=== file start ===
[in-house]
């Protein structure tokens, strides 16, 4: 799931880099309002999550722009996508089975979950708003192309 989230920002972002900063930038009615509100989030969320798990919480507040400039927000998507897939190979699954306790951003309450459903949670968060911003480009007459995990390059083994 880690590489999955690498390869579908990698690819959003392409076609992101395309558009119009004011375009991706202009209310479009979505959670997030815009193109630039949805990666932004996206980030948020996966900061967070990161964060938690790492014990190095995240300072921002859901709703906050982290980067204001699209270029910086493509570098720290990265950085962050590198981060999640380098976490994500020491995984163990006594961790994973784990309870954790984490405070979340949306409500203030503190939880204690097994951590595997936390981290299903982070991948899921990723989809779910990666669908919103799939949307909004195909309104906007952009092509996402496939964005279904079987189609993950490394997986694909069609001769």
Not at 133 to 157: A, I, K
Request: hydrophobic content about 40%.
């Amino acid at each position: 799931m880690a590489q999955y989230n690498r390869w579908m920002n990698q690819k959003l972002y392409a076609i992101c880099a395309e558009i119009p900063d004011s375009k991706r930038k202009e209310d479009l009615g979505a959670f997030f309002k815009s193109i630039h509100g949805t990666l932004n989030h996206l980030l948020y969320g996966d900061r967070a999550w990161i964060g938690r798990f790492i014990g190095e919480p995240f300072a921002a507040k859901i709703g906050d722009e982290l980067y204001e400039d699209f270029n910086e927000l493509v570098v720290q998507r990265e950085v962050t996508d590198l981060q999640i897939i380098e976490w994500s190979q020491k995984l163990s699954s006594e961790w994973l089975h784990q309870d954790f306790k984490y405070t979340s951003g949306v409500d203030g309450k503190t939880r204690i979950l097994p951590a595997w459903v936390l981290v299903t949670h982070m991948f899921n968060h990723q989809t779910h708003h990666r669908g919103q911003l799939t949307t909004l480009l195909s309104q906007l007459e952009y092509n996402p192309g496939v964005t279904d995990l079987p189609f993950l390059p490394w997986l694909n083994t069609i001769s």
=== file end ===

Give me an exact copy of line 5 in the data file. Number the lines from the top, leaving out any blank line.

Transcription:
């Amino acid at each position: 799931m880690a590489q999955y989230n690498r390869w579908m920002n990698q690819k959003l972002y392409a076609i992101c880099a395309e558009i119009p900063d004011s375009k991706r930038k202009e209310d479009l009615g979505a959670f997030f309002k815009s193109i630039h509100g949805t990666l932004n989030h996206l980030l948020y969320g996966d900061r967070a999550w990161i964060g938690r798990f790492i014990g190095e919480p995240f300072a921002a507040k859901i709703g906050d722009e982290l980067y204001e400039d699209f270029n910086e927000l493509v570098v720290q998507r990265e950085v962050t996508d590198l981060q999640i897939i380098e976490w994500s190979q020491k995984l163990s699954s006594e961790w994973l089975h784990q309870d954790f306790k984490y405070t979340s951003g949306v409500d203030g309450k503190t939880r204690i979950l097994p951590a595997w459903v936390l981290v299903t949670h982070m991948f899921n968060h990723q989809t779910h708003h990666r669908g919103q911003l799939t949307t909004l480009l195909s309104q906007l007459e952009y092509n996402p192309g496939v964005t279904d995990l079987p189609f993950l390059p490394w997986l694909n083994t069609i001769s």